STATEMENT: New federal program to connect wildlife, reduce collisions with vehicles

Media Contacts
Susan Holmes

Former Director, Save America’s Wildlife Campaign, Environment America

WASHINGTON — U.S. Department of Transportation Secretary Pete Buttigieg on Tuesday launched the Wildlife Crossings Pilot Project. The program, which was created through the Bipartisan Infrastructure Law, provides $350 million in grants over five years to states and communities. The funds will be used to construct wildlife road crossings to prevent wildlife-vehicle collisions and improve habitat connectivity. 

With one in five species in the U.S. at risk of extinction, biodiversity loss and the disruption of wildlife habitats are among the nation’s greatest conservation challenges. Connecting habitats by protecting wildlife movement and building highway crossing structures for wildlife enables species to migrate, access resources for survival, and better adapt to changing climates and landscapes. 

This federal program will complement good work already going on around the country. Thus far, multiple states, including California, Florida, New Hampshire, New Mexico, Oregon, Utah, Virginia and Wyoming have passed legislation to protect wildlife corridors and promote wildlife crossings.  

In response, Susan Holmes, the Save America’s Wildlife campaign director for Environment America, released the following statement:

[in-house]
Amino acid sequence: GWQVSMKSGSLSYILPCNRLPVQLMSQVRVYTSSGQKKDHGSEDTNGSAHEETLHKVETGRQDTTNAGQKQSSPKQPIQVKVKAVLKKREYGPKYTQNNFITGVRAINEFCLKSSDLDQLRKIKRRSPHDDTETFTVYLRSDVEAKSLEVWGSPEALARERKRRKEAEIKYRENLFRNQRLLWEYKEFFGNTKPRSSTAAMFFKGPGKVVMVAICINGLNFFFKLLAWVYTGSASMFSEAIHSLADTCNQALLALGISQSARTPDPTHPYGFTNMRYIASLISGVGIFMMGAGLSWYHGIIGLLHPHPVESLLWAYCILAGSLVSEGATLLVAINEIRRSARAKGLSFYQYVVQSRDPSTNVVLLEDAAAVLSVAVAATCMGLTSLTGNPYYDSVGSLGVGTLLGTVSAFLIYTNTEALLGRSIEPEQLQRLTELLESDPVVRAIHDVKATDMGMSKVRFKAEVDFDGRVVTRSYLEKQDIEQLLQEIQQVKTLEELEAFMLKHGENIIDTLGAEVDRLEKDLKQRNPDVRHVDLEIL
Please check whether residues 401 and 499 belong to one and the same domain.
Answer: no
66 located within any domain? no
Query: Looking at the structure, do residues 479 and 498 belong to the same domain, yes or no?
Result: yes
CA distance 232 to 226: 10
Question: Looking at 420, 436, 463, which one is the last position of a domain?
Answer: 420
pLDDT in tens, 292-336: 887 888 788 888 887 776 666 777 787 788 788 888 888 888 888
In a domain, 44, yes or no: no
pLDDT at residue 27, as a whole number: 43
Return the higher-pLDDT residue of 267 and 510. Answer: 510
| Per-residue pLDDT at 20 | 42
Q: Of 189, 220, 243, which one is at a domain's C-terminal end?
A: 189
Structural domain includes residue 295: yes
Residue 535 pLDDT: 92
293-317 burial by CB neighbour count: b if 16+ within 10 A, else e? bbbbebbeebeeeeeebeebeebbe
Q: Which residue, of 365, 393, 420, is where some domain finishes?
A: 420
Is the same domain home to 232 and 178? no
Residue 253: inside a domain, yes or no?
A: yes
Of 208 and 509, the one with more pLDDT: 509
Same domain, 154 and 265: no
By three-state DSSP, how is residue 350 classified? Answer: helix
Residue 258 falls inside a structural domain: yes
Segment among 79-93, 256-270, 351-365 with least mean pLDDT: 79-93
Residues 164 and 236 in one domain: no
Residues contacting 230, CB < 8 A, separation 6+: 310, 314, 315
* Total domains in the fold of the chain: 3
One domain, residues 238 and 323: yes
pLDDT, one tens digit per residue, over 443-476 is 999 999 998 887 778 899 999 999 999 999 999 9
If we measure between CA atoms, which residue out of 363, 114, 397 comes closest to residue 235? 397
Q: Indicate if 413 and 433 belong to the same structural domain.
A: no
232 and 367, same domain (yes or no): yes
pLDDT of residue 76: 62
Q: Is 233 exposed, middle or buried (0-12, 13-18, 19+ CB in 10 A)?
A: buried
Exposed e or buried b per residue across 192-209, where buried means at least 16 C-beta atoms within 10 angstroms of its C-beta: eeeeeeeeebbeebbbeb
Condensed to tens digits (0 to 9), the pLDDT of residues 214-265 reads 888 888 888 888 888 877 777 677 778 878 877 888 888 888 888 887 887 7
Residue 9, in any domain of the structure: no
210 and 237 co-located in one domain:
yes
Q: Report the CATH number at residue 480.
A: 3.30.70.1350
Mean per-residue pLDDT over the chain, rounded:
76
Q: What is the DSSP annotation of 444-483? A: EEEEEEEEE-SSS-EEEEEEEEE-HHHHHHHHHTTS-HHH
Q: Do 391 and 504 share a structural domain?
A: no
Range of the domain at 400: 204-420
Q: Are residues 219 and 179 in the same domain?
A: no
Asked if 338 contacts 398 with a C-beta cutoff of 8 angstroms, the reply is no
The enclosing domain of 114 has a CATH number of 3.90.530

“Building wildlife crossings over, under or across U.S. roads is a no-brainer. This first-of-its-kind program will create safer passage for drivers and will connect habitats, allowing wildlife to find food, mates and refuge in a changing world. Studies show that wildlife crossing structures with fencing are highly effective, reducing wildlife-vehicle collisions by up to 97%. That could save a lot of human and animal lives.

“Motorists kill more than one million large animals a year on U.S. roads—roughly one every 26 seconds. These accidents also kill more than 200 people and injure another 26,000 each year. This program will provide additional funds that will help state and local governments build wildlife crossings. 

“Our country has been remarkably effective at building roads, and now we can start funding projects that will help America’s wildlife cross them. We urge all states to aggressively pursue these new funds to protect wildlife and motorists alike.”